A study conducted by researchers at the University of Aberdeen has found that two proteins associated with Alzheimer’s disease pathogenesis – tau and amyloid – are present in the brain at very early stages of the neurodegenerative disease. The study – published in the journal, Acta Neuropathologica – provides evidence that both proteins can be found in areas of the diseased brain involved in information processing and new memory formation.
While the research could be valuable in the development of new Alzheimer’s therapies, it could also help pathologists with post-mortem diagnosis of the disease. The research was funded by Alzheimer’s Research UK, and human brain samples were donated via the Brains for Dementia Research program to allow the researchers to study neural changes at early and advanced stages of the disease.
While previous research has implicated both tau and amyloid proteins in the development of Alzheimer’s disease, these studies suggested that the two proteins accumulate in distinct areas of the brain. The current study is quite possibly the first to find that these proteins can be found in the same region of the brain during the early stages of the disease process, suggesting that they may be more intimately linked to the pathology of Alzheimer’s.
“In the field of Alzheimer’s and dementia research, there has been a long-running battle regarding the two main suspects that might cause brain cells to die – tau and amyloid,” said Dr. Bettina Platt, Professor at the School of Medicine, at the University of Aberdeen Institute of Medical Sciences, and one of the authors of the publication. “These two have never been brought together in human cases, and the relationship between them has not been clear. Our observations therefore consolidate conflicting evidence from other studies on the role of the proteins in the disease process and strongly support a notion of an early stage interaction between the two.”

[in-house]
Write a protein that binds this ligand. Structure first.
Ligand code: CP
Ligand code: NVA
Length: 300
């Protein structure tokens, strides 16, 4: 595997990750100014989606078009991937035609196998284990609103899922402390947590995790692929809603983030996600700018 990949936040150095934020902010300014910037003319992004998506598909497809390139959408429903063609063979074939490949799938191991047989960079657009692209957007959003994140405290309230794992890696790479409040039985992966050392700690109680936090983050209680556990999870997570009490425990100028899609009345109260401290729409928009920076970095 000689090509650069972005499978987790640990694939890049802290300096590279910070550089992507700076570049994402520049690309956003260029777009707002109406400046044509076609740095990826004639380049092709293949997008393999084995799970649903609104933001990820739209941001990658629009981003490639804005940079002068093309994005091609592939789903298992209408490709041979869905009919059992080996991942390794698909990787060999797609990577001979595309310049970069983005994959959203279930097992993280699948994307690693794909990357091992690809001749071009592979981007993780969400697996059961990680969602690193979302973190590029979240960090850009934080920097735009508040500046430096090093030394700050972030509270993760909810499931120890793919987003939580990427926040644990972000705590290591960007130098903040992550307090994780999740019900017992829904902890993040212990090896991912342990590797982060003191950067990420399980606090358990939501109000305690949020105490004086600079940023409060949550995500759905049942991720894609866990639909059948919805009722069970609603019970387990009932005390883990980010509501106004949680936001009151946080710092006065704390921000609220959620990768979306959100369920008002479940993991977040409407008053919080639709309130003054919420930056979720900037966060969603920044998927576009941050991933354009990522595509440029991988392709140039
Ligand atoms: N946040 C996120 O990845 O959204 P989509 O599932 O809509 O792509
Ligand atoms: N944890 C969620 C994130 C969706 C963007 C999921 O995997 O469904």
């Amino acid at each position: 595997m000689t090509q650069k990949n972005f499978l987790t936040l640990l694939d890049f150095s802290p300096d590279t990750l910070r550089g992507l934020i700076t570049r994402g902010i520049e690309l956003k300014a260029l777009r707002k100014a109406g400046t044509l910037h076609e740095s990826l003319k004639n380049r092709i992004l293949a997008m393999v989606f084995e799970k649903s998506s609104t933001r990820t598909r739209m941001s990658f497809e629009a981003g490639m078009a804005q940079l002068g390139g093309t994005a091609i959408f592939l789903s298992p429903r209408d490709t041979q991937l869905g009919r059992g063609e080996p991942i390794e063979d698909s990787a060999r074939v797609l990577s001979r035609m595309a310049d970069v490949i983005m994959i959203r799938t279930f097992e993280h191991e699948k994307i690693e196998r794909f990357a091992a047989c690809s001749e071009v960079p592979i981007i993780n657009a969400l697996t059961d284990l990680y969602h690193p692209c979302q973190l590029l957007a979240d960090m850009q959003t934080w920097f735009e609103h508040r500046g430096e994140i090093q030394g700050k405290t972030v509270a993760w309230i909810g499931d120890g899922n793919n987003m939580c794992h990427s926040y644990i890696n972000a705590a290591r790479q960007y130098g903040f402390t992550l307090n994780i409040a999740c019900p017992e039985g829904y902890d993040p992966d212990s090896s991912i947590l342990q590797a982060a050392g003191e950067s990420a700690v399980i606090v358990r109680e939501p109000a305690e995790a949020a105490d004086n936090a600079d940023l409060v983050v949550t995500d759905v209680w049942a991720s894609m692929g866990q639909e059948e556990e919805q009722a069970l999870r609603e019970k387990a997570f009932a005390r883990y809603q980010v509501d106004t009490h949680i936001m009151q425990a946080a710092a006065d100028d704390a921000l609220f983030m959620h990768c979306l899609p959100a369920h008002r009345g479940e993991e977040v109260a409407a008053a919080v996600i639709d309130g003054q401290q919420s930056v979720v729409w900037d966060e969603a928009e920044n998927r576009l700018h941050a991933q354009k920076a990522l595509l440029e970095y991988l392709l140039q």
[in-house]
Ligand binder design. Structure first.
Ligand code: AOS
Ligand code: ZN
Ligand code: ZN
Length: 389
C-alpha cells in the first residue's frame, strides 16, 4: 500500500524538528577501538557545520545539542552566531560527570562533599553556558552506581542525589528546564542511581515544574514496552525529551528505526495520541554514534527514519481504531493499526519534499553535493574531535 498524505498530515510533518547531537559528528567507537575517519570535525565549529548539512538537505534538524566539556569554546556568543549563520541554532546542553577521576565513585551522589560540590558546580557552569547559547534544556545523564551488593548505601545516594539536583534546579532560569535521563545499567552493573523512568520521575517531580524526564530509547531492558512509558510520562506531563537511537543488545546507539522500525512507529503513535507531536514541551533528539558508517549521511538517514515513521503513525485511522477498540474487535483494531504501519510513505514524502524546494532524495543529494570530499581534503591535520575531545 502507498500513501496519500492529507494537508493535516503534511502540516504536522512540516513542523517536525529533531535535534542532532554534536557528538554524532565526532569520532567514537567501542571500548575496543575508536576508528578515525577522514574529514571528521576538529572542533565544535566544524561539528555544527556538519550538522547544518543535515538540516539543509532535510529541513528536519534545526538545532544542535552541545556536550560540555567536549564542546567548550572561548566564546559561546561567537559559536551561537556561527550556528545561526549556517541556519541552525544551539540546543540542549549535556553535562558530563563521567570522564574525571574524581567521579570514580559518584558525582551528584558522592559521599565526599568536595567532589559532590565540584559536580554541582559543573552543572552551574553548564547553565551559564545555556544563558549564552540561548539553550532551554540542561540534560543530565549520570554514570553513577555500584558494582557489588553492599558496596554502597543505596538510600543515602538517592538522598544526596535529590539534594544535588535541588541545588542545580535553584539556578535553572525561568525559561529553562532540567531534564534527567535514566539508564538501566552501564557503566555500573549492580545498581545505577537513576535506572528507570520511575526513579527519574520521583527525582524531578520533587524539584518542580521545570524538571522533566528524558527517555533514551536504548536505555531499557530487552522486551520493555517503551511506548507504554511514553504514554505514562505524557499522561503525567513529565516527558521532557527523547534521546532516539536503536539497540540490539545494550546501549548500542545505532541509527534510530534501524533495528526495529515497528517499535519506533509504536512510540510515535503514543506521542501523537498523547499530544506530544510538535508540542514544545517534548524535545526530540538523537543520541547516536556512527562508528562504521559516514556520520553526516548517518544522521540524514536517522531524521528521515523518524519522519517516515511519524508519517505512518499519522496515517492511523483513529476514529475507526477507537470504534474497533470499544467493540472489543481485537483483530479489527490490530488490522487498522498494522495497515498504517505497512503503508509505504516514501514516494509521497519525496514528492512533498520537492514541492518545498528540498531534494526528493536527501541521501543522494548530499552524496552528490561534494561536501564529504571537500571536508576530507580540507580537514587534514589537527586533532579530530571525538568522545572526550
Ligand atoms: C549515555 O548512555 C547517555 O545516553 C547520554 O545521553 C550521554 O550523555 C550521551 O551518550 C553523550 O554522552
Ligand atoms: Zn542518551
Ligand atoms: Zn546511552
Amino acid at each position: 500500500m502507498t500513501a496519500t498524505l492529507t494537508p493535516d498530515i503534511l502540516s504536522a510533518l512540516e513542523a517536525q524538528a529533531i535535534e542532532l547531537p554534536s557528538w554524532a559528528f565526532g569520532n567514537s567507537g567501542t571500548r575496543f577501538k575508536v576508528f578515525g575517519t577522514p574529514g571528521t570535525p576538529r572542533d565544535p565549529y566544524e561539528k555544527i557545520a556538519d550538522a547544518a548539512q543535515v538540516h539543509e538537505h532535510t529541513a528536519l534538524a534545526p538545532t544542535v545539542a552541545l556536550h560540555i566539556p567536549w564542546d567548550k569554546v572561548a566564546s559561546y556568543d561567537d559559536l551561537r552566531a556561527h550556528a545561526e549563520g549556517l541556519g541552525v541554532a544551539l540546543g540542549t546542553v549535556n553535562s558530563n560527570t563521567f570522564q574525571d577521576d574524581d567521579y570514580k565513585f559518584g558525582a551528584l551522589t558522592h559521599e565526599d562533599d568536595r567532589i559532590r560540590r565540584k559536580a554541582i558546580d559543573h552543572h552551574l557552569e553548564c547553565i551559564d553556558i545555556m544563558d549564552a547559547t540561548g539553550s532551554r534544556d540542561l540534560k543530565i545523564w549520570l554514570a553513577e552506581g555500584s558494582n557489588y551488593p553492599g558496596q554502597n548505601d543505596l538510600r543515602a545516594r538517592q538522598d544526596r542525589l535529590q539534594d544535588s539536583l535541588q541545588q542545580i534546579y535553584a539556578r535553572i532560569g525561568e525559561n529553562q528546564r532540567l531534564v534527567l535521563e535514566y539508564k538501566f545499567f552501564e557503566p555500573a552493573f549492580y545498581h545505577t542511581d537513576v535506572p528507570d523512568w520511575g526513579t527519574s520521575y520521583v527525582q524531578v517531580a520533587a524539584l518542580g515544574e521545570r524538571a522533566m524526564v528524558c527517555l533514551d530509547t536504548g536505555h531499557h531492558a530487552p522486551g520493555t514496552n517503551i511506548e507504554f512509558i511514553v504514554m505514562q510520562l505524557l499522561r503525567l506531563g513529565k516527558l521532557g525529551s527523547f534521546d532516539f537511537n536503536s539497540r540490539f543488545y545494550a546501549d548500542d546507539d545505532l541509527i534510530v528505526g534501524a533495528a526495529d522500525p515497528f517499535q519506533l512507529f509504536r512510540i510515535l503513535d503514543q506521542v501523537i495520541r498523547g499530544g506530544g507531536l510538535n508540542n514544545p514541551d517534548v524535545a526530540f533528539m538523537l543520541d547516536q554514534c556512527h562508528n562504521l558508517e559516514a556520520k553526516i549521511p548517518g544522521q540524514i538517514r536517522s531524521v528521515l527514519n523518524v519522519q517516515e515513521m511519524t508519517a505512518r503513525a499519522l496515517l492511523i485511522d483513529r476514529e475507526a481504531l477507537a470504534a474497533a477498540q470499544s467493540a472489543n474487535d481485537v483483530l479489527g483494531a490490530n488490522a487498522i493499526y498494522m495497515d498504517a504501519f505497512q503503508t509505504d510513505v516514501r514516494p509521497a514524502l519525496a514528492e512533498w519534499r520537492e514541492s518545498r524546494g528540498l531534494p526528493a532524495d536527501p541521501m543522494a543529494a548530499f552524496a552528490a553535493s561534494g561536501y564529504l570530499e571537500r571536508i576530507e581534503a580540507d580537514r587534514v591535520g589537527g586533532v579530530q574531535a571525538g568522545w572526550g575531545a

In all, Platt and her colleagues studied lateral temporal lobe samples collected from 46 people with Alzheimer’s disease. The researchers found that the coincident emergence of amyloid and tau during early stages of Alzheimer’s disease was strongly correlated with measures of cognitive decline.
“It has long been assumed that Alzheimer’s-related changes within the brain occur long before symptoms are evident, but so far reliable methods to detect these were elusive,” said Platt. “However, we have managed to modify experimental procedures in a way that we can now very sensitively determine when and where these proteins appear, and the big surprise was that they both appear together very early on, and in the same brain area. In doing so we have established a new benchmark for pathological investigations.”
Alzheimer’s disease affects an estimated 46.8 million people worldwide, with this number expected to double in the next 20 years. Countries like India and China are facing the fastest growth in the elderly population, and the demand for new treatments is continuing to increase.
“The entire research community is in agreement that it is a primary challenge to identify Alzheimer’s disease early – and our findings will go some way to help achieve this, though ultimately it will be up to the scientific community to further evaluate and build upon these results,” said Dr. David Koss, a Research Fellow at the University of Aberdeen, and one of the leaders of the current study. “These early-stage changes in the brains of people with Alzheimer’s disease highlight key biochemical processes that may not only enable improved diagnostic procedures but may also inform drug development programs.”